WASHINGTON. Calvin Coolidge famously said, “The business of America is business.” But not today. Vapid and soulless big business now demands a role in shaping American culture. Or destroying it. To that end, we faced last week yet another cringe-worthy contribution to the intellectual emptiness that is the social justice movement. The Gillette razor company, now a Procter & Gamble subsidiary, recently revealed a virtue-signaling television ad on the subject of “toxic masculinity.” But the commercial is not really about selling Gillette razors. Instead, it’s about pitching “toxic wimpiness” to men: the company’s primary customers.
A collection of dull razors selling toxic wimpiness to American men. Who aren’t buying it.
Currently on its website, Gillette claims that American men “find themselves at a crossroads, caught between the past and a new era of masculinity.”
Gillette digs deeper.
“It’s time we acknowledge that brands, like ours, play a role in influencing culture. And as a company that encourages men to be their best, we have a responsibility to make sure we are promoting positive, attainable, inclusive and healthy versions of what it means to be a man.”
So what, exactly, does Gillette define as masculinity?
Well, they don’t actually say. It’s a good bet the reason they don’t is because the bloodless corporate nonentities sitting around Gillette’s conference tables are as clueless on the subject of masculinity as the fainting ingénues of Hollywood’s #MeToo movement. So they’ve defaulted to selling toxic wimpiness to customers that aren’t going to buy it.
Real men built America and keep the country strong
Problem is, you can find examples of transcendent American masculinity all around the world. In places like the deep waters between Savo Island and Guadalcanal in the Pacific. Twenty-nine twisted US Navy wrecks and their dead crews came to rest in the muddy depths of Savo Sound following the Solomon Islands campaign in WWII. The deafening sonar returns bouncing off these twisted metal hulks serve as a reminder of the sacrifices made by real men for their nation and their freedom. Appropriately, these metallic echoes resulted in a name change for this historic waterway. Today, it’s called Ironbottom Sound.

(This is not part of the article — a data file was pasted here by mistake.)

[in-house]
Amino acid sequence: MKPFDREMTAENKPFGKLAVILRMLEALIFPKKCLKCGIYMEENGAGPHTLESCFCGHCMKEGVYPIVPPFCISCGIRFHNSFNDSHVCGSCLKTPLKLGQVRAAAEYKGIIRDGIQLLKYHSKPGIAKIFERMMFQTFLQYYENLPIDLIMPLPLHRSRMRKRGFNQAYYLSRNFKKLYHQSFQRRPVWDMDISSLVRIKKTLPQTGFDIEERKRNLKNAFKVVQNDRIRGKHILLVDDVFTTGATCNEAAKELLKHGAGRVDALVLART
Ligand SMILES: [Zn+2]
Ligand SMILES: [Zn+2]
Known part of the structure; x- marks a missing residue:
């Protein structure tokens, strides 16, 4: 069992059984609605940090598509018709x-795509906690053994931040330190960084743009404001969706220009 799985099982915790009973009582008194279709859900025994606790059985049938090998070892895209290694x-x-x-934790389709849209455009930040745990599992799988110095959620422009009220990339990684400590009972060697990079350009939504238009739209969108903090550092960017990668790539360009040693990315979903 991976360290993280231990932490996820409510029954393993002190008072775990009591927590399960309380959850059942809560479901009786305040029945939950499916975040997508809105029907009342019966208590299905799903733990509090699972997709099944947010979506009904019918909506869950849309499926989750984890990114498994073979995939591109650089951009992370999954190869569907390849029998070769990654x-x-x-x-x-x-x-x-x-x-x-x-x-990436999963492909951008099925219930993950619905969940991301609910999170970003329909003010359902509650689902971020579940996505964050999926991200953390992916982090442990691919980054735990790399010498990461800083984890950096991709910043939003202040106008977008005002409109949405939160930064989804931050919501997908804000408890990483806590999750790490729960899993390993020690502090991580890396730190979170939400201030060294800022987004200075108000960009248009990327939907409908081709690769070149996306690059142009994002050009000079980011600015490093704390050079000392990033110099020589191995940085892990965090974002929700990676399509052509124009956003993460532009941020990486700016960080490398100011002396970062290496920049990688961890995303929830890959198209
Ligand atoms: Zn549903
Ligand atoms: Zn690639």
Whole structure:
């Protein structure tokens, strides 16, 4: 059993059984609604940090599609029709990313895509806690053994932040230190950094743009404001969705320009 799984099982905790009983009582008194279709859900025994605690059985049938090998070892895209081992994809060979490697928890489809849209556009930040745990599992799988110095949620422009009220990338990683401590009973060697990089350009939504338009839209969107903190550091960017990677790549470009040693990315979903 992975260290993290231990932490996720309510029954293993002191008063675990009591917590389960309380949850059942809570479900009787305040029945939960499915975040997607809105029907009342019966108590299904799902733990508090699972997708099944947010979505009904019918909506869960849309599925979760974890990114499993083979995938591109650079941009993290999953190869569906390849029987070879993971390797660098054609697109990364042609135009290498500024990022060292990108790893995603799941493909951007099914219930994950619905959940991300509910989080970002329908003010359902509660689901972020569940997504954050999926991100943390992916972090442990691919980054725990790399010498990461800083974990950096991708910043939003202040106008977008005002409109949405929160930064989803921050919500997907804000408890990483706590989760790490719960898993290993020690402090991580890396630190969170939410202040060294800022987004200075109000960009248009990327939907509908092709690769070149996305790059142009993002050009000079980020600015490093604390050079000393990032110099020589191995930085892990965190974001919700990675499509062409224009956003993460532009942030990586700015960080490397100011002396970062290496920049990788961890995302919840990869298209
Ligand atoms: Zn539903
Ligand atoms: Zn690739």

You can find the remains of a great many additional, like-minded men at military burial grounds around the country. Some don’t even have names, such as many of the veterans interred in Virginia’s Arlington National Cemetery. Just across the Potomac from Washington, D.C. — a politically corrupt capital city arguably no longer worthy of such sacrifice — the battered remains of some of these noble warriors have received an honorable burial, yet are “known but to God.” No toxic wimpiness here.
Masculinity and a close shave: What originally made Gillette an iconic American company
King Gillette, founder of the company that’s now so concerned with toxic masculinity, filed a patent for his safety razor back in 1904. It was the culmination of a 33-year quest to find a product whose sales would help care for his family following the destruction of their home in the Great Chicago Fire of 1871.
Surprisingly, at least to America’s Marxist left, Mr. Gillette’s “toxic” view of his traditional role as family provider is still strong in this country. The Pew Research Center cites statistics.
“Roughly seven-in-ten adults (71%) say it is very important for a man to be able to support a family financially to be a good husband and partner.”
But such wisdom predates Gillette, both the man and company. In the Bible’s Book of 1st Timothy, we read the following.
“But if any man does not provide for his own, and especially for those of his household, he had denied the faith and is worse than an unbeliever.”
Believers in toxic wimpiness need not apply.
That a man lay down his life for his friends
Theodore Roosevelt raised his sons to be men of valor. All four served in World War I.
One son, Quentin Roosevelt, gave his life in the service of his country.
Theodore Roosevelt Jr., a wounded veteran of the first Great War, led his contingent of the 4th US Army Infantry Division in the first wave to hit the Normandy coast on D-Day in June of 1944. He was the oldest man (56) and highest-ranking officer (brigadier general) on the beach that day. Although suffering from arthritis and a heart condition, he led his men to victory at Utah Beach. He died of a heart attack one month later.
His citation for the Congressional Medal of Honor reads as follows.
“Although the enemy had the beach under constant direct fire, Brigadier General Roosevelt moved from one locality to another, rallying men around him, directed and personally led them against the enemy.”
As Edith Kermit Carow Roosevelt, wife of Rough Rider Teddy, noted:
“One cannot bring up boys to be eagles and then expect them to be sparrows.”
Mamma Roosevelt, you see, raised men and not soft, smooth-shaven wimps.
The toxic wimpiness that companies like Gillette is trying to sell to the men of America today has nothing to do with heroism, manliness, and the traditional, can-do American spirit. Caveat emptor.
Top Image: Gillette’s toxic masculinity ad. YouTube screen capture.